Adipose-derived stromal/stem cells (ASCs) pose exciting opportunities for the field of biomedical engineering. ASCs are attractive as a cell source for tissue regeneration procedures because of their ready availability and limited donor-site morbidity. Past research has shown that these cells can be differentiated into a variety of cell types using media supplements, effectively guiding them towards specific lineages of interest;chondrocytic, osteoblastic, and adipocytic. Current studies in our laboratory indicate that fully differentiated cells and undifferentiated ASCs possess biomechanical properties characteristic of their cell type (i.e. chondrocyte, osteoblast, adipocyte). The goal of the Independent Phase of this Award is to separate ceiis within lipoaspirate by their biomechanical properties to produce lineage-specific cell sources that will improve the functional performance of engineered tissues. We hypothesize that engineered constructs containing a higher percentage of tissue-specific stem ceils wili possess better biomechanical and biochemical properties than constructs seeded with a more heterogeneous harvest population. To test this, we will sort ceils from liposuction waste tissue by their biomechanical properties and subsequently evaluate their multipotent character. Concurrent with these studies, we will design and fabricate a device capable of sorting large numbers of cells based on their mechanical characteristics. The resulting subpopulations will possess measurable distributions of mechanical properties, which are hypothesized to indicate an ASCs ability to differentiate down different mesenchymal lineages. Tissue engineered cartilage constructs will then be grown using either heterogeneous and mechanicaiiy-sorted cell populations to determine how stem ceil enrichment affects the quality of tissue formation. The entire proposed project will produce significant advances in the areas of mechanotransduction, stem cell biology, and tissue engineering.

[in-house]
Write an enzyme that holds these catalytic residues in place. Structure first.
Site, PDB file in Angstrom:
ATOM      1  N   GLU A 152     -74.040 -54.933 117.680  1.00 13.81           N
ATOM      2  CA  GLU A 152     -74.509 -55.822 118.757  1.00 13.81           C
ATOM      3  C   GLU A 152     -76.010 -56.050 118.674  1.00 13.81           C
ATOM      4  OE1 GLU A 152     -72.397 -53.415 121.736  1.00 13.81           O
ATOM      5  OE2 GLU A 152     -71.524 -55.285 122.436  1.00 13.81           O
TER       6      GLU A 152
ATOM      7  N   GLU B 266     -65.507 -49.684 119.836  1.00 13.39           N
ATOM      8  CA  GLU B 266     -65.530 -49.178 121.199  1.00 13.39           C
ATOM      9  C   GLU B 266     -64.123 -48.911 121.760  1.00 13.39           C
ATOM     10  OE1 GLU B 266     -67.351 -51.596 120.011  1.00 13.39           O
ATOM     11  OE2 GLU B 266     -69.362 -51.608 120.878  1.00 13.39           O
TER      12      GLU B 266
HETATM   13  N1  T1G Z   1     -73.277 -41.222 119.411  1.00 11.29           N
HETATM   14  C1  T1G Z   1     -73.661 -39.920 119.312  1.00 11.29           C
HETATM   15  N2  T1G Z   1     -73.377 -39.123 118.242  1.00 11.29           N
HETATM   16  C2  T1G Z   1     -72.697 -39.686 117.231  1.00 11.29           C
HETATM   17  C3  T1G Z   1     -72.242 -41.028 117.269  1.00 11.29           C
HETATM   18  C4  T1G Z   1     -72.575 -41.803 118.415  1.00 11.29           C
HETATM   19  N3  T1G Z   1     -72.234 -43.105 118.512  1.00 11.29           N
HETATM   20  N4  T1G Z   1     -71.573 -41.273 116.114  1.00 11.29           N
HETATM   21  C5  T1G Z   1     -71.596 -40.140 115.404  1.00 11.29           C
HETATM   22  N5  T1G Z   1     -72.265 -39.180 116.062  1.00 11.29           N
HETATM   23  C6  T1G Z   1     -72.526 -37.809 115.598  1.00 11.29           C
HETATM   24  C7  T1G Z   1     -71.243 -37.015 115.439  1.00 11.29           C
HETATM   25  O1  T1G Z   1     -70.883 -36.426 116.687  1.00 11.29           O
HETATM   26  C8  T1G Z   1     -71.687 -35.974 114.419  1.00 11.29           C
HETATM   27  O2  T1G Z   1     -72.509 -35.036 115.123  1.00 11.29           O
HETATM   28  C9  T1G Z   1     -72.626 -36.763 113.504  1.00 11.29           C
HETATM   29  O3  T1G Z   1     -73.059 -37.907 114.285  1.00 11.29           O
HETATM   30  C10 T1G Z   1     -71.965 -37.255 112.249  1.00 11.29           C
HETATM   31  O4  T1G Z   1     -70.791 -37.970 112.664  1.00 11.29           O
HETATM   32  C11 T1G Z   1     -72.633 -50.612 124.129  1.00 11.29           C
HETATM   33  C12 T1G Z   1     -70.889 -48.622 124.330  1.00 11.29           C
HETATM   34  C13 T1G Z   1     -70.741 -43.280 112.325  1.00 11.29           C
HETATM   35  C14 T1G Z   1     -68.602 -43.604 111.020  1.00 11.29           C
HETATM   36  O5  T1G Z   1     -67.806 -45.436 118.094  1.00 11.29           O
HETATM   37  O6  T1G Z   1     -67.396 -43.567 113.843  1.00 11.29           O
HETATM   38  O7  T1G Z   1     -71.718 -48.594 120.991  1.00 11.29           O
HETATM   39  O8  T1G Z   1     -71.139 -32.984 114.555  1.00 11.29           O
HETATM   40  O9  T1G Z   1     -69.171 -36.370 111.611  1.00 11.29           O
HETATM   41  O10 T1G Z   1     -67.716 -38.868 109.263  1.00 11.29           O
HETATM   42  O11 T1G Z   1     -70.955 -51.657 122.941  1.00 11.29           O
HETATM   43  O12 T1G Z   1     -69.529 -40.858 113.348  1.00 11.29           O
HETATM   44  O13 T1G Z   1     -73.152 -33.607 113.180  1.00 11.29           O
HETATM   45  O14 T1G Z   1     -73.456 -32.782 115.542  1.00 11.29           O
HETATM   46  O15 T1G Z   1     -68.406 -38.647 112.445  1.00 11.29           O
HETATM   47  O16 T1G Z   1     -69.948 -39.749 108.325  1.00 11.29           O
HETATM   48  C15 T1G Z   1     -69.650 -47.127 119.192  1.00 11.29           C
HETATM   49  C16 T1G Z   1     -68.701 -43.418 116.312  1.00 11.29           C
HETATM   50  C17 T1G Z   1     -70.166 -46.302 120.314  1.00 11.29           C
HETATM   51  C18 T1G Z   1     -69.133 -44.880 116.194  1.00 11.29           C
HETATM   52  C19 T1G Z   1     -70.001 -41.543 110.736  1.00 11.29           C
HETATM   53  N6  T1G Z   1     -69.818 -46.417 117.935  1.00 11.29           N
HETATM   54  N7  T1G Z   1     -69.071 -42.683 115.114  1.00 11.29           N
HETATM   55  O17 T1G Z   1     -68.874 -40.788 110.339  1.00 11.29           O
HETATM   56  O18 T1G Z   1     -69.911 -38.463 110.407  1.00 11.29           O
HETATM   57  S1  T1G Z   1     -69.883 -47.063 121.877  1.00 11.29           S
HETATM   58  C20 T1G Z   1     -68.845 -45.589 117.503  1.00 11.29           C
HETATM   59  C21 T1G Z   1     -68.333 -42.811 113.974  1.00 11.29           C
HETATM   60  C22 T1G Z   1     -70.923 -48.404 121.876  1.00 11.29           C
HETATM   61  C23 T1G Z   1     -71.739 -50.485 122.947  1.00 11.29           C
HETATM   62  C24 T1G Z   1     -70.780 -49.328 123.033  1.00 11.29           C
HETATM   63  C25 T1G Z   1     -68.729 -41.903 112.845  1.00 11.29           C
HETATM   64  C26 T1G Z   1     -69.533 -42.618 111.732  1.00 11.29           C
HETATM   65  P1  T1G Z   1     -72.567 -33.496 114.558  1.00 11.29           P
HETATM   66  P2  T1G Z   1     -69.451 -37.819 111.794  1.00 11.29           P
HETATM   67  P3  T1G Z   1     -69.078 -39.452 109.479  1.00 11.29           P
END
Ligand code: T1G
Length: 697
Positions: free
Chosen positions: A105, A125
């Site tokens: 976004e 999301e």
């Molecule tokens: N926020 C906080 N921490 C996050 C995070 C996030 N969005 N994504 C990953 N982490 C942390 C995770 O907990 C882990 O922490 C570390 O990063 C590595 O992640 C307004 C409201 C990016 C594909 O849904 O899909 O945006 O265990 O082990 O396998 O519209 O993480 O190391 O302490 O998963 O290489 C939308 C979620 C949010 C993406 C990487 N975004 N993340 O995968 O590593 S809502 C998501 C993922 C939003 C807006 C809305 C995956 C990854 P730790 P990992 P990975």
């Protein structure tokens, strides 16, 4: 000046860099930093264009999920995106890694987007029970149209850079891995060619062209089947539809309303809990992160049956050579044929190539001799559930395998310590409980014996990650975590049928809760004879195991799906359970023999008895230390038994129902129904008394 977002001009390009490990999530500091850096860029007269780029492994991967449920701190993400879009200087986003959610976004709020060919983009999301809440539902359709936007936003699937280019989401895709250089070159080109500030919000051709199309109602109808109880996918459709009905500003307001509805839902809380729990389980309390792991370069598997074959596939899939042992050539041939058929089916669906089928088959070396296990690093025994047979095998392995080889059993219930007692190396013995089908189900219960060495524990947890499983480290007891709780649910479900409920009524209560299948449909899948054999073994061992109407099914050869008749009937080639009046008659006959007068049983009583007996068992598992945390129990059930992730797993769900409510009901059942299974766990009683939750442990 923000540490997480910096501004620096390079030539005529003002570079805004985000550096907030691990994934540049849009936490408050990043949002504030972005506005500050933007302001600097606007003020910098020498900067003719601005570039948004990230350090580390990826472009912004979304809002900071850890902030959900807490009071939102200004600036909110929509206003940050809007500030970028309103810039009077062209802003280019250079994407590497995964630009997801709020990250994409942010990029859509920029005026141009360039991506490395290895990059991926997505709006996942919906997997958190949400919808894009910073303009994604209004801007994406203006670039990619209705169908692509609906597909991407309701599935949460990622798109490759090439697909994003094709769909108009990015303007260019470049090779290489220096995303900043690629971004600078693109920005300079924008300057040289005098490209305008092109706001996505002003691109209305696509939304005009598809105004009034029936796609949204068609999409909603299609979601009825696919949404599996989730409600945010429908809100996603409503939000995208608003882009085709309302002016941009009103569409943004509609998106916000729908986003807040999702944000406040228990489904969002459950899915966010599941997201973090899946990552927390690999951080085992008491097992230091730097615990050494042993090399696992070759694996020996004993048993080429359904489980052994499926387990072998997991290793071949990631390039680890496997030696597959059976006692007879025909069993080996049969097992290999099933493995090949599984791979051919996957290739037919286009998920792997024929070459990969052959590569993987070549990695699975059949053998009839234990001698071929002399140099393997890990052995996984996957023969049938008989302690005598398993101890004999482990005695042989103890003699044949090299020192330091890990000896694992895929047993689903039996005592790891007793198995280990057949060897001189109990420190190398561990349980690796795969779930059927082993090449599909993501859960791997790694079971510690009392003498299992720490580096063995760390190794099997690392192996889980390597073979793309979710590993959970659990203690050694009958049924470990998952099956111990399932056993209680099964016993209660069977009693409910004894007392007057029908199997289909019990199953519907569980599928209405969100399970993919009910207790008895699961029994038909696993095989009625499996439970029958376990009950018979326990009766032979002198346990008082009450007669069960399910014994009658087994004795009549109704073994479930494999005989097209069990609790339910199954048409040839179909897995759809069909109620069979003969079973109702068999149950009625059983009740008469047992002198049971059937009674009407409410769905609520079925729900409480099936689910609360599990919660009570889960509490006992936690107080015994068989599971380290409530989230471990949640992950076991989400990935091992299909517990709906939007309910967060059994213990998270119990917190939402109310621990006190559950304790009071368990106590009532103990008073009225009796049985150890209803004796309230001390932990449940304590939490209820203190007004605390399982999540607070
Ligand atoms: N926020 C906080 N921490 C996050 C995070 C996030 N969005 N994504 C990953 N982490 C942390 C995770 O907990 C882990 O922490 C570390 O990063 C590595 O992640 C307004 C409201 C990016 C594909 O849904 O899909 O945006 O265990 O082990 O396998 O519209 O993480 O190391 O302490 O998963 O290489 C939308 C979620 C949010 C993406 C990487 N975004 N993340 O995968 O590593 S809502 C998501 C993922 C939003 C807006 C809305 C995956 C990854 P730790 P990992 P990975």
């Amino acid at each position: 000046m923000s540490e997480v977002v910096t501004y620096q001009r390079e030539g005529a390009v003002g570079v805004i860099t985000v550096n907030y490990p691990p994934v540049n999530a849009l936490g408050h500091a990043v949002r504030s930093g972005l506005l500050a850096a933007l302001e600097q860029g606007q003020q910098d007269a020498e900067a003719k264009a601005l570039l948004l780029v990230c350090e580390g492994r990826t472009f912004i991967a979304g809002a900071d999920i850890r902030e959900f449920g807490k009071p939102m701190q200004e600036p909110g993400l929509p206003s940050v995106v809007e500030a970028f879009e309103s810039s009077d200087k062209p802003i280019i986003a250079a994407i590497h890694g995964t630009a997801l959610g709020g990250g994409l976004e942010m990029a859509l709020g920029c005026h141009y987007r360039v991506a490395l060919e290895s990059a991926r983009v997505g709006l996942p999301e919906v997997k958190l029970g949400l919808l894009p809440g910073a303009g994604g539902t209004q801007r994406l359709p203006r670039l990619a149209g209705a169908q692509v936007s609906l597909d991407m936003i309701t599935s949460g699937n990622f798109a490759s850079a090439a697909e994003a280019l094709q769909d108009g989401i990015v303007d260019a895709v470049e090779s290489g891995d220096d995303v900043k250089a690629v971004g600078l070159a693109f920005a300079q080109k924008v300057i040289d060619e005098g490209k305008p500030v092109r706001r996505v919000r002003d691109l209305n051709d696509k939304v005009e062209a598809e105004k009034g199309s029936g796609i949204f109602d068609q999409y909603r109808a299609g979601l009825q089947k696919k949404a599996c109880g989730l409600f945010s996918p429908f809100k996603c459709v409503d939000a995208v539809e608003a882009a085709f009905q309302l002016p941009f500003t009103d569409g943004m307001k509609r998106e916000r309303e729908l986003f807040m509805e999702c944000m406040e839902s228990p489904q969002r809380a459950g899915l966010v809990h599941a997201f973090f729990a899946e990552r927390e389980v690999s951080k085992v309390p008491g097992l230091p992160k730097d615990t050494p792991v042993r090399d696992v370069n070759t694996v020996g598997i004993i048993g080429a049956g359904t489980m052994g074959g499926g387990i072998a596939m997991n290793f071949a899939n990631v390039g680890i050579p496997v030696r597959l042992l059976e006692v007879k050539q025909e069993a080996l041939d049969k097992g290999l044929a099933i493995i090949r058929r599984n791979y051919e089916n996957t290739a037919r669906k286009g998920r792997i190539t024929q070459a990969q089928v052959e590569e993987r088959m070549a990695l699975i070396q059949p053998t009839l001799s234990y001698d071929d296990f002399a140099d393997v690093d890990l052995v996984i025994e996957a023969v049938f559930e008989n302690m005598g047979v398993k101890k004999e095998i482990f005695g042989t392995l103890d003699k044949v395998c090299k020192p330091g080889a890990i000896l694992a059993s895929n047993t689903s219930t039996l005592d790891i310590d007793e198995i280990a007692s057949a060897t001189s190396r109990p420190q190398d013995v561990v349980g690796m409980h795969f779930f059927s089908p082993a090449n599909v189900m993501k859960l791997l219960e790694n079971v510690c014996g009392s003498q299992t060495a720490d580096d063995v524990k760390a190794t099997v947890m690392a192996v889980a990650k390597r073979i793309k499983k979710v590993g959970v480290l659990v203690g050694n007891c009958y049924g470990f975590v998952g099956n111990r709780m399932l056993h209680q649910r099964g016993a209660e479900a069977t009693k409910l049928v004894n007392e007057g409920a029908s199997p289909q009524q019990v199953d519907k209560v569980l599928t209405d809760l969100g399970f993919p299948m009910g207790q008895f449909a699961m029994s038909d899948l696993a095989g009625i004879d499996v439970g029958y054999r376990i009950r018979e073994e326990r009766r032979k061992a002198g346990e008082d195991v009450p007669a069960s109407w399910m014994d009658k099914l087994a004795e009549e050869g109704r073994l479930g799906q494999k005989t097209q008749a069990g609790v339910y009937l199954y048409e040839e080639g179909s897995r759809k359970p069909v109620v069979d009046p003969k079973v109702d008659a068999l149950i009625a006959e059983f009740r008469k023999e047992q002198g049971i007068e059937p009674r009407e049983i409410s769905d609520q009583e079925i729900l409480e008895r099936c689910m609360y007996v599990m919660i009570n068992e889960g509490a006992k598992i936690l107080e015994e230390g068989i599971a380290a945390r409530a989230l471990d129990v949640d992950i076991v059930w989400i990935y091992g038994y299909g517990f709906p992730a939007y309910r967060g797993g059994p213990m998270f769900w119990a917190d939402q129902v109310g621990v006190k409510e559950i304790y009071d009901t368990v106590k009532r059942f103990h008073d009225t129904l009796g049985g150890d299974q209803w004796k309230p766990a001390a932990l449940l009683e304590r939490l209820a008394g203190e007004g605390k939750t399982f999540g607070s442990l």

Public Health Relevance

Cellular therapies and tissue engineering approaches typically rely on implanted cells to help regenerate damaged or diseased tissues. Adult stem ceils, one possible cell source for these therapies, typically reside in heterogeneous populations. By using a source population enriched for specific cell types, engineered tissues should contain larger amounts of the desired matrix components, resulting in better functionality.

National Institute of Health (NIH)
National Institute of Arthritis and Musculoskeletal and Skin Diseases (NIAMS)
Research Transition Award (R00)
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Special Emphasis Panel (NSS)
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Wang, Fei
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Brown University
Schools of Medicine
United States
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